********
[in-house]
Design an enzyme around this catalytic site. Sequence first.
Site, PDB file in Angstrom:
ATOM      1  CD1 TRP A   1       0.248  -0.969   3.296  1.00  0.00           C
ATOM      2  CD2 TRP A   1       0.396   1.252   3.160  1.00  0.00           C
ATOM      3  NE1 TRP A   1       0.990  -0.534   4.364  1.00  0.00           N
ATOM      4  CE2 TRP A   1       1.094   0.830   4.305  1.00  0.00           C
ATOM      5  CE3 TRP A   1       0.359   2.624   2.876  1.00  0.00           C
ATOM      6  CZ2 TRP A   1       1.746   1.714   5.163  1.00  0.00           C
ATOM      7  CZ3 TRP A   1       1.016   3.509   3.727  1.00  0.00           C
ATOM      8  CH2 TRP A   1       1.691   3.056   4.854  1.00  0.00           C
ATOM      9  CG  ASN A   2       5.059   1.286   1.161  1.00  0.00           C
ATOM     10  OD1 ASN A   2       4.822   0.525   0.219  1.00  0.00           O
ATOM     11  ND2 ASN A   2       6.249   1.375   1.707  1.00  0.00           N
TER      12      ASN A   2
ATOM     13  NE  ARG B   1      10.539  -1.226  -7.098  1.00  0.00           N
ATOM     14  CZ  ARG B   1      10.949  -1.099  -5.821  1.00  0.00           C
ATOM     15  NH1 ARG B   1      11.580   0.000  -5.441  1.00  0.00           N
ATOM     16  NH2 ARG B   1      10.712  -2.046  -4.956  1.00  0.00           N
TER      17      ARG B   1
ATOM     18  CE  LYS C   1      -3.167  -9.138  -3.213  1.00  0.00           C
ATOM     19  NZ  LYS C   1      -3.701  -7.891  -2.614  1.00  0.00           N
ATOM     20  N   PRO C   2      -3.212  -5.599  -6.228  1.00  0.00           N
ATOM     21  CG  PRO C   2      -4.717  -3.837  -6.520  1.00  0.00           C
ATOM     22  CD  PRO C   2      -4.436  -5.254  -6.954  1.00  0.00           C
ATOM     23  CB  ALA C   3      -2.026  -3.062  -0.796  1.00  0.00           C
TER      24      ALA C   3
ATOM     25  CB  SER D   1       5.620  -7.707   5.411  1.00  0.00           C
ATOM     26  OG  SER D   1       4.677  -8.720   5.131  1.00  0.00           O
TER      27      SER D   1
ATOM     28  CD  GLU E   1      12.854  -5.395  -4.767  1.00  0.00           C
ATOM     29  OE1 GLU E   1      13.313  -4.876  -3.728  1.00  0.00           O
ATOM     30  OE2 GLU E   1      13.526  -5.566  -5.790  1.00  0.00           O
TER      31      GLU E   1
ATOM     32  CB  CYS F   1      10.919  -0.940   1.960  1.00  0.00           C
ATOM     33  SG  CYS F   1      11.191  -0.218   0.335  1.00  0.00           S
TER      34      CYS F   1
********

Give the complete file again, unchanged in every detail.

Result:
[in-house]
Design an enzyme around this catalytic site. Sequence first.
Site, PDB file in Angstrom:
ATOM      1  CD1 TRP A   1       0.248  -0.969   3.296  1.00  0.00           C
ATOM      2  CD2 TRP A   1       0.396   1.252   3.160  1.00  0.00           C
ATOM      3  NE1 TRP A   1       0.990  -0.534   4.364  1.00  0.00           N
ATOM      4  CE2 TRP A   1       1.094   0.830   4.305  1.00  0.00           C
ATOM      5  CE3 TRP A   1       0.359   2.624   2.876  1.00  0.00           C
ATOM      6  CZ2 TRP A   1       1.746   1.714   5.163  1.00  0.00           C
ATOM      7  CZ3 TRP A   1       1.016   3.509   3.727  1.00  0.00           C
ATOM      8  CH2 TRP A   1       1.691   3.056   4.854  1.00  0.00           C
ATOM      9  CG  ASN A   2       5.059   1.286   1.161  1.00  0.00           C
ATOM     10  OD1 ASN A   2       4.822   0.525   0.219  1.00  0.00           O
ATOM     11  ND2 ASN A   2       6.249   1.375   1.707  1.00  0.00           N
TER      12      ASN A   2
ATOM     13  NE  ARG B   1      10.539  -1.226  -7.098  1.00  0.00           N
ATOM     14  CZ  ARG B   1      10.949  -1.099  -5.821  1.00  0.00           C
ATOM     15  NH1 ARG B   1      11.580   0.000  -5.441  1.00  0.00           N
ATOM     16  NH2 ARG B   1      10.712  -2.046  -4.956  1.00  0.00           N
TER      17      ARG B   1
ATOM     18  CE  LYS C   1      -3.167  -9.138  -3.213  1.00  0.00           C
ATOM     19  NZ  LYS C   1      -3.701  -7.891  -2.614  1.00  0.00           N
ATOM     20  N   PRO C   2      -3.212  -5.599  -6.228  1.00  0.00           N
ATOM     21  CG  PRO C   2      -4.717  -3.837  -6.520  1.00  0.00           C
ATOM     22  CD  PRO C   2      -4.436  -5.254  -6.954  1.00  0.00           C
ATOM     23  CB  ALA C   3      -2.026  -3.062  -0.796  1.00  0.00           C
TER      24      ALA C   3
ATOM     25  CB  SER D   1       5.620  -7.707   5.411  1.00  0.00           C
ATOM     26  OG  SER D   1       4.677  -8.720   5.131  1.00  0.00           O
TER      27      SER D   1
ATOM     28  CD  GLU E   1      12.854  -5.395  -4.767  1.00  0.00           C
ATOM     29  OE1 GLU E   1      13.313  -4.876  -3.728  1.00  0.00           O
ATOM     30  OE2 GLU E   1      13.526  -5.566  -5.790  1.00  0.00           O
TER      31      GLU E   1
ATOM     32  CB  CYS F   1      10.919  -0.940   1.960  1.00  0.00           C
ATOM     33  SG  CYS F   1      11.191  -0.218   0.335  1.00  0.00           S
TER      34      CYS F   1